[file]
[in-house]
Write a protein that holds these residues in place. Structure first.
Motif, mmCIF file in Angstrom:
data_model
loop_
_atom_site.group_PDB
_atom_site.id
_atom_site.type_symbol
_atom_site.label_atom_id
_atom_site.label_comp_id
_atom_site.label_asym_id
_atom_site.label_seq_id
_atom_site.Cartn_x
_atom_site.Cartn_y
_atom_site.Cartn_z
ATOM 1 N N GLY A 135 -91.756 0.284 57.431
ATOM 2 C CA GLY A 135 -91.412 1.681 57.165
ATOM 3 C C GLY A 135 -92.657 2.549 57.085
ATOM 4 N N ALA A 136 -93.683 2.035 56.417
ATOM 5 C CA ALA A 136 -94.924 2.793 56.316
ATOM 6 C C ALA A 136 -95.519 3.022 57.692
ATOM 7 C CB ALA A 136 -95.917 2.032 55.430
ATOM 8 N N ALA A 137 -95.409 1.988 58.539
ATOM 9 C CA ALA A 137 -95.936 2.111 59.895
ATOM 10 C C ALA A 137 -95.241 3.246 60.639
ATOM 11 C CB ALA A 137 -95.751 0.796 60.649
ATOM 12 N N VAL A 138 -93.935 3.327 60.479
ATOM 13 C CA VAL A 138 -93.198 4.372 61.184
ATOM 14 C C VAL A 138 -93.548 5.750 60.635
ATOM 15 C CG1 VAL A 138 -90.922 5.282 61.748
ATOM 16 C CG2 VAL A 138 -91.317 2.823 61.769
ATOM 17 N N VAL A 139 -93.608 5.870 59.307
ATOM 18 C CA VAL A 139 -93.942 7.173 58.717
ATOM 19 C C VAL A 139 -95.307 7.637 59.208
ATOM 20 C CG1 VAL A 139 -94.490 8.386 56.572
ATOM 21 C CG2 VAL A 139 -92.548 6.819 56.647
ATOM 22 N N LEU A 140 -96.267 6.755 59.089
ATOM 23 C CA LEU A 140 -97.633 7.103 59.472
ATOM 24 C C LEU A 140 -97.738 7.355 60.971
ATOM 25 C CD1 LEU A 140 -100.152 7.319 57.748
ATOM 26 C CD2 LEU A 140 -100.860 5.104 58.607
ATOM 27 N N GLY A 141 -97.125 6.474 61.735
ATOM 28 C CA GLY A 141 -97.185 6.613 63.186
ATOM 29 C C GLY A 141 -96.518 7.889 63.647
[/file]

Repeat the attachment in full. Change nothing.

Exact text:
[in-house]
Write a protein that holds these residues in place. Structure first.
Motif, mmCIF file in Angstrom:
data_model
loop_
_atom_site.group_PDB
_atom_site.id
_atom_site.type_symbol
_atom_site.label_atom_id
_atom_site.label_comp_id
_atom_site.label_asym_id
_atom_site.label_seq_id
_atom_site.Cartn_x
_atom_site.Cartn_y
_atom_site.Cartn_z
ATOM 1 N N GLY A 135 -91.756 0.284 57.431
ATOM 2 C CA GLY A 135 -91.412 1.681 57.165
ATOM 3 C C GLY A 135 -92.657 2.549 57.085
ATOM 4 N N ALA A 136 -93.683 2.035 56.417
ATOM 5 C CA ALA A 136 -94.924 2.793 56.316
ATOM 6 C C ALA A 136 -95.519 3.022 57.692
ATOM 7 C CB ALA A 136 -95.917 2.032 55.430
ATOM 8 N N ALA A 137 -95.409 1.988 58.539
ATOM 9 C CA ALA A 137 -95.936 2.111 59.895
ATOM 10 C C ALA A 137 -95.241 3.246 60.639
ATOM 11 C CB ALA A 137 -95.751 0.796 60.649
ATOM 12 N N VAL A 138 -93.935 3.327 60.479
ATOM 13 C CA VAL A 138 -93.198 4.372 61.184
ATOM 14 C C VAL A 138 -93.548 5.750 60.635
ATOM 15 C CG1 VAL A 138 -90.922 5.282 61.748
ATOM 16 C CG2 VAL A 138 -91.317 2.823 61.769
ATOM 17 N N VAL A 139 -93.608 5.870 59.307
ATOM 18 C CA VAL A 139 -93.942 7.173 58.717
ATOM 19 C C VAL A 139 -95.307 7.637 59.208
ATOM 20 C CG1 VAL A 139 -94.490 8.386 56.572
ATOM 21 C CG2 VAL A 139 -92.548 6.819 56.647
ATOM 22 N N LEU A 140 -96.267 6.755 59.089
ATOM 23 C CA LEU A 140 -97.633 7.103 59.472
ATOM 24 C C LEU A 140 -97.738 7.355 60.971
ATOM 25 C CD1 LEU A 140 -100.152 7.319 57.748
ATOM 26 C CD2 LEU A 140 -100.860 5.104 58.607
ATOM 27 N N GLY A 141 -97.125 6.474 61.735
ATOM 28 C CA GLY A 141 -97.185 6.613 63.186
ATOM 29 C C GLY A 141 -96.518 7.889 63.647